Consequently I'm at something of a loss to make sense of your reference to the "domain of the RC church." I'm not convinced that this is quite so all-embracing nowadays as you suggest. The time of its consigning to the outer darkness all those situated outside its bailiwick appears to be past. As with so many other aspects of faith-based claims, that draconian injunction has had to give way to societal and scientific encroachment. But in any event the issue of such procrustean insistence is one of monumental indifference to me. The spuriously authoritative claims of any church have legitimacy only for those minded to pay them undeserved heed.

You go on to remark that those who decline to espouse the tenets of religion are "fundamentalist." But what would it take in this context to be non-fundamentalist? To deny the existence of god only on wet Thursdays, maybe? And what about those poor folk who don't believe in Santa, unicorns or chocolate teapots circling the sun? Their discounting the existence of such entities will also need to be classified as "fundamentalist." It sounds as if we live in coercive (and therefore fundamentalist) times.

I'm sorry you have difficulty with the concept of "generation." The ordinary definition is "all the people born and living at about the same time." It's usually considered to be around thirty years. Following on from that, the nub of your concluding paragraph eludes me completely. I've scoured my own previous contribution and can find no reference to any enthusiasm on my part for a hi-tech version of either the Stasi or the NKVD or for some totalitarian restriction on freedom of speech. On the other hand, religion of any hue has a formidable case to answer in that regard - though at least in fewer arenas than was historically so, thanks to its "long, withdrawing roar."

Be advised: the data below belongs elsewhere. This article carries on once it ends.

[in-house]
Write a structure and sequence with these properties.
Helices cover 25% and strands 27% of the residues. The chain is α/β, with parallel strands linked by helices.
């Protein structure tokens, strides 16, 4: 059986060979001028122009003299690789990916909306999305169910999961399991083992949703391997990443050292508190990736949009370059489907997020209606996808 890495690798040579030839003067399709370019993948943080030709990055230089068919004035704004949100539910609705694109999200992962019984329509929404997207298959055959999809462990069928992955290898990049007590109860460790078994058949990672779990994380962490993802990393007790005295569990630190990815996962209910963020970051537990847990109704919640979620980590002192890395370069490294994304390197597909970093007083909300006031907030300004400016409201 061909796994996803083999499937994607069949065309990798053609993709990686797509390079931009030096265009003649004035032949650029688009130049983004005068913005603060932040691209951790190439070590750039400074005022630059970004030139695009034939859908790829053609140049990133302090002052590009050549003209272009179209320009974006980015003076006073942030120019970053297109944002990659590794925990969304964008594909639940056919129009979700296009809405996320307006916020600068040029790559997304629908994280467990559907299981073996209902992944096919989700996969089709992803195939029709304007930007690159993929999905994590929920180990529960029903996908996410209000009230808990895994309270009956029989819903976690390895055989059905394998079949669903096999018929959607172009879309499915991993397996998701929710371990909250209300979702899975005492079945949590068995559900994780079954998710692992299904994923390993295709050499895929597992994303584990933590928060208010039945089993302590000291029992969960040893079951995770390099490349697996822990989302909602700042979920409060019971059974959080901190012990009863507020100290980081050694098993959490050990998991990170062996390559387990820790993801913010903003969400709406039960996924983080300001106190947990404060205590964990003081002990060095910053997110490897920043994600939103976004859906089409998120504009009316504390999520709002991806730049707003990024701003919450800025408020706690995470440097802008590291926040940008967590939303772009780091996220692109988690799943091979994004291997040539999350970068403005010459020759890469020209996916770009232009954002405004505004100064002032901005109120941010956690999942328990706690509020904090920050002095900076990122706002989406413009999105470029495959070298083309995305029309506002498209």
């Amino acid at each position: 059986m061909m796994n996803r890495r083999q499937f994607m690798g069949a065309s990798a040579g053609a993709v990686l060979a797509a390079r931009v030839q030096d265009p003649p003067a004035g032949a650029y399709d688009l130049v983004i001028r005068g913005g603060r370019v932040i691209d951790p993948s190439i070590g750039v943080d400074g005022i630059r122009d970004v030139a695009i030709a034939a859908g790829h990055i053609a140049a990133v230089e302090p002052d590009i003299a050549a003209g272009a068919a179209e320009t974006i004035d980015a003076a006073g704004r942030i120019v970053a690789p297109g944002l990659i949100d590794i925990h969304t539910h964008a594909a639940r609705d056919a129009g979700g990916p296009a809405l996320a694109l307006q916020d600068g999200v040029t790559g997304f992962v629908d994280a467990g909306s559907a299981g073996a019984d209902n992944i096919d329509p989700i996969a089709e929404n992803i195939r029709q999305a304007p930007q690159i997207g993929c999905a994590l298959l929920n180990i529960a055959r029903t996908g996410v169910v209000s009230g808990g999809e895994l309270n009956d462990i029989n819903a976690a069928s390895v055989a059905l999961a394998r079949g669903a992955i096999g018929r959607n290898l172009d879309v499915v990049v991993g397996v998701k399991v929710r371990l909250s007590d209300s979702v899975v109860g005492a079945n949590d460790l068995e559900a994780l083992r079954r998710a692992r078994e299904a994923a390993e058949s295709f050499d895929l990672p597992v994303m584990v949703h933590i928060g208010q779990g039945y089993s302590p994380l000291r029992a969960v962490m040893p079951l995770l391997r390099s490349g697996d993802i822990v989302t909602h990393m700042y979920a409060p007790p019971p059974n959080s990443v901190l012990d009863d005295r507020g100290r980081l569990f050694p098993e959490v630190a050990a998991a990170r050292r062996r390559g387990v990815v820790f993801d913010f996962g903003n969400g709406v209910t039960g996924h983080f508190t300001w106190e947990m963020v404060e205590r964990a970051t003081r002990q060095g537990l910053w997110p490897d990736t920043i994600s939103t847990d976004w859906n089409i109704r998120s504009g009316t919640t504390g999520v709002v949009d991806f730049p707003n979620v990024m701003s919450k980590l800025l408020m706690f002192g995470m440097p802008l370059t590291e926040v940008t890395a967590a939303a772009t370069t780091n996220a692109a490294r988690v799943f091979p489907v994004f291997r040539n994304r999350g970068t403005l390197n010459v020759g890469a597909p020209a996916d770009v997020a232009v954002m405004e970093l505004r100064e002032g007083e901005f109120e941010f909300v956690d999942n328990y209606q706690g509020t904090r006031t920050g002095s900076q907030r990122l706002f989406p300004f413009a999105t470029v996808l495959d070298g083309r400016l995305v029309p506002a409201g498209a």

Finally, you instruct me to research [Dawkins'] claims because they "are all too often the real nonsense in his work." If you prefer to meander around in the fog of sophistic scholasticism to engaging with measured, empirical debate I'm more than happy to leave you to your involute and recondite devices.
‹ Previous 1 Next ›